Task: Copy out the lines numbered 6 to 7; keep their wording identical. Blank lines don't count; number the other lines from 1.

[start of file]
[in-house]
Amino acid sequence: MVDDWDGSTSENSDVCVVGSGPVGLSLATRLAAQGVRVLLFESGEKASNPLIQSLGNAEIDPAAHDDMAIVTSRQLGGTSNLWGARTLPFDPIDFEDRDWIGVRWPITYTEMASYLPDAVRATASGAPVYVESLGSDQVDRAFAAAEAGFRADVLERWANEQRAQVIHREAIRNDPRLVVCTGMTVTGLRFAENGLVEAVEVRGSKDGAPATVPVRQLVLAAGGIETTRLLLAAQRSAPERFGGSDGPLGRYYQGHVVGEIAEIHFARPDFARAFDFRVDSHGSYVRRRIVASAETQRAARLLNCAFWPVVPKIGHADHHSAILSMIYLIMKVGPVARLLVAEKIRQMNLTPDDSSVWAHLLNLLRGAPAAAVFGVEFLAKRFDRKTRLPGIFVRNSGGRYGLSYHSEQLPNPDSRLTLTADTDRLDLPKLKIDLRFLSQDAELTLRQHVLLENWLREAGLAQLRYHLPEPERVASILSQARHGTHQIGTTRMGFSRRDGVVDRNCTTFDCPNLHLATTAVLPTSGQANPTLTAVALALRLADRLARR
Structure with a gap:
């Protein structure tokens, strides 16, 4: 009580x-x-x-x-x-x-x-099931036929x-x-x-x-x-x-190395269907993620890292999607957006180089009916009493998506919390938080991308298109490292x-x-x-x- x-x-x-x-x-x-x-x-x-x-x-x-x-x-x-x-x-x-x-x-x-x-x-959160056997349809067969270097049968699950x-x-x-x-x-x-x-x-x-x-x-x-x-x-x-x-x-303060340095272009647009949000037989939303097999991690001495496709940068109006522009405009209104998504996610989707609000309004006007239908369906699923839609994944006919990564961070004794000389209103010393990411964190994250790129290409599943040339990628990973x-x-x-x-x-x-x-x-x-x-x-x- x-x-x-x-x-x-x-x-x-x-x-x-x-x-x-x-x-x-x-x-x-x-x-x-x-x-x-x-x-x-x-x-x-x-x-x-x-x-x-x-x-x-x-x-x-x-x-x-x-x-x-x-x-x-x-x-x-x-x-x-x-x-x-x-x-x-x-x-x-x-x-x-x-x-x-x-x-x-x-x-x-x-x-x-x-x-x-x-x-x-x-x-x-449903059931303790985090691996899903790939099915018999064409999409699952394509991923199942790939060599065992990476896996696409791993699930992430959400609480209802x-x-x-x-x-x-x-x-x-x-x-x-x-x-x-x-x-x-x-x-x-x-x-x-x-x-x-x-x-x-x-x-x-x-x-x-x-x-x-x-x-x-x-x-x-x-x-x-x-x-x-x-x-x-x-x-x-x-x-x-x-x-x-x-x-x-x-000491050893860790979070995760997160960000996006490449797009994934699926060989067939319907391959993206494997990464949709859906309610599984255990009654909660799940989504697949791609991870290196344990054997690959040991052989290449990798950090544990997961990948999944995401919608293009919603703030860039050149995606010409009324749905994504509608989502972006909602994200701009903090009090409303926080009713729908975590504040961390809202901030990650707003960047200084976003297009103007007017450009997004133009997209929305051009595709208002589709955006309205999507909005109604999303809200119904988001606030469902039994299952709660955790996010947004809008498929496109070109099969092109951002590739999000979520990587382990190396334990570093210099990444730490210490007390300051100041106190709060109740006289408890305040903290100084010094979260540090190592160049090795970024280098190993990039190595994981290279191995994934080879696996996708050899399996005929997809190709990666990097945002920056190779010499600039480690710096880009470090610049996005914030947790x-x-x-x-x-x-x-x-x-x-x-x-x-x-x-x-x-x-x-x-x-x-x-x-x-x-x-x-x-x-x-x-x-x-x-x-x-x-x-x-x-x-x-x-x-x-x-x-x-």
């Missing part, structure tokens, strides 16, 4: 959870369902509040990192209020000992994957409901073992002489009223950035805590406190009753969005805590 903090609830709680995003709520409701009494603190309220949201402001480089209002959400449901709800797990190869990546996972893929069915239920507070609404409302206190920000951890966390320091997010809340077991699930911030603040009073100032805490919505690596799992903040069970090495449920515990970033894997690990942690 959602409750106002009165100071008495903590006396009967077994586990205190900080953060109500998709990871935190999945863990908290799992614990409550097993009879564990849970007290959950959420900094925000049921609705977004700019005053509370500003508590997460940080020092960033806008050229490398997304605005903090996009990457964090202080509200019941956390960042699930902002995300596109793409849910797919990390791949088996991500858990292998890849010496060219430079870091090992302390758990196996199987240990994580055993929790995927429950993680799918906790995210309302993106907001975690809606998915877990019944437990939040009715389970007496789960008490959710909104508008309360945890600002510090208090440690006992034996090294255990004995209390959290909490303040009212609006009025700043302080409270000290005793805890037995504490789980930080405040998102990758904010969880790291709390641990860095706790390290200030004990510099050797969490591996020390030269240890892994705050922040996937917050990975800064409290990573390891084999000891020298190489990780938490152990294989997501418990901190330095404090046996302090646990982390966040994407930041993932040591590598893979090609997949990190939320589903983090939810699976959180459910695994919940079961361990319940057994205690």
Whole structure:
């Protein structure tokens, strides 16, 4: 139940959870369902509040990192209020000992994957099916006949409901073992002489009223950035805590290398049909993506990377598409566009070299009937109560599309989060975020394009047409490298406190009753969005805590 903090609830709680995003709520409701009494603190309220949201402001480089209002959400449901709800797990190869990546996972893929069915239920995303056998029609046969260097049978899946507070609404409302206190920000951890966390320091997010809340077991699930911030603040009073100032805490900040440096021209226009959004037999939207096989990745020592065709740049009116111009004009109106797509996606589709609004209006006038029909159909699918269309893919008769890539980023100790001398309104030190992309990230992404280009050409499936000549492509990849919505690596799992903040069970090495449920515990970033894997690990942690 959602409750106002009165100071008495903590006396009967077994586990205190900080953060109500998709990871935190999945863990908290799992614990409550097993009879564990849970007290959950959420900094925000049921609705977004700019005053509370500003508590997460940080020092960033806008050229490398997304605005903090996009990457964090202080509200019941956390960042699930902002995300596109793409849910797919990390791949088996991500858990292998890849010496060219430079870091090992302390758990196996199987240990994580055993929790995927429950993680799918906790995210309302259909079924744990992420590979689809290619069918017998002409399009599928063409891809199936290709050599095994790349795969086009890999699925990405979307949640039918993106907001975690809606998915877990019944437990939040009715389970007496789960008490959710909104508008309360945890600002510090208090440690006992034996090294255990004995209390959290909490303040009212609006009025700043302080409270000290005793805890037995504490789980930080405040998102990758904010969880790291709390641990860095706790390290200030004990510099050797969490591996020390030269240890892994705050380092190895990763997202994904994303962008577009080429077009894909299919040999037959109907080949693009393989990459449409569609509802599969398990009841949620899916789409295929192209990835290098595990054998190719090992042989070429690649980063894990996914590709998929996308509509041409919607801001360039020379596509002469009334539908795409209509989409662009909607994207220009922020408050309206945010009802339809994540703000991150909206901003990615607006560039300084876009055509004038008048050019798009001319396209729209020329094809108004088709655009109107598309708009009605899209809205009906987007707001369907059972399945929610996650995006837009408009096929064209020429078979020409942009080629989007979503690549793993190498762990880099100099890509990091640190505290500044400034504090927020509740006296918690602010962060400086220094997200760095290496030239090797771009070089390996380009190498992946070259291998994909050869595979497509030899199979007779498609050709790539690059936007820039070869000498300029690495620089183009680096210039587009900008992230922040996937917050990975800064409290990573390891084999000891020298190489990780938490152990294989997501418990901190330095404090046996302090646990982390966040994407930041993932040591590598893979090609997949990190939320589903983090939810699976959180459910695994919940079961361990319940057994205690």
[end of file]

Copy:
Whole structure:
């Protein structure tokens, strides 16, 4: 139940959870369902509040990192209020000992994957099916006949409901073992002489009223950035805590290398049909993506990377598409566009070299009937109560599309989060975020394009047409490298406190009753969005805590 903090609830709680995003709520409701009494603190309220949201402001480089209002959400449901709800797990190869990546996972893929069915239920995303056998029609046969260097049978899946507070609404409302206190920000951890966390320091997010809340077991699930911030603040009073100032805490900040440096021209226009959004037999939207096989990745020592065709740049009116111009004009109106797509996606589709609004209006006038029909159909699918269309893919008769890539980023100790001398309104030190992309990230992404280009050409499936000549492509990849919505690596799992903040069970090495449920515990970033894997690990942690 959602409750106002009165100071008495903590006396009967077994586990205190900080953060109500998709990871935190999945863990908290799992614990409550097993009879564990849970007290959950959420900094925000049921609705977004700019005053509370500003508590997460940080020092960033806008050229490398997304605005903090996009990457964090202080509200019941956390960042699930902002995300596109793409849910797919990390791949088996991500858990292998890849010496060219430079870091090992302390758990196996199987240990994580055993929790995927429950993680799918906790995210309302259909079924744990992420590979689809290619069918017998002409399009599928063409891809199936290709050599095994790349795969086009890999699925990405979307949640039918993106907001975690809606998915877990019944437990939040009715389970007496789960008490959710909104508008309360945890600002510090208090440690006992034996090294255990004995209390959290909490303040009212609006009025700043302080409270000290005793805890037995504490789980930080405040998102990758904010969880790291709390641990860095706790390290200030004990510099050797969490591996020390030269240890892994705050380092190895990763997202994904994303962008577009080429077009894909299919040999037959109907080949693009393989990459449409569609509802599969398990009841949620899916789409295929192209990835290098595990054998190719090992042989070429690649980063894990996914590709998929996308509509041409919607801001360039020379596509002469009334539908795409209509989409662009909607994207220009922020408050309206945010009802339809994540703000991150909206901003990615607006560039300084876009055509004038008048050019798009001319396209729209020329094809108004088709655009109107598309708009009605899209809205009906987007707001369907059972399945929610996650995006837009408009096929064209020429078979020409942009080629989007979503690549793993190498762990880099100099890509990091640190505290500044400034504090927020509740006296918690602010962060400086220094997200760095290496030239090797771009070089390996380009190498992946070259291998994909050869595979497509030899199979007779498609050709790539690059936007820039070869000498300029690495620089183009680096210039587009900008992230922040996937917050990975800064409290990573390891084999000891020298190489990780938490152990294989997501418990901190330095404090046996302090646990982390966040994407930041993932040591590598893979090609997949990190939320589903983090939810699976959180459910695994919940079961361990319940057994205690």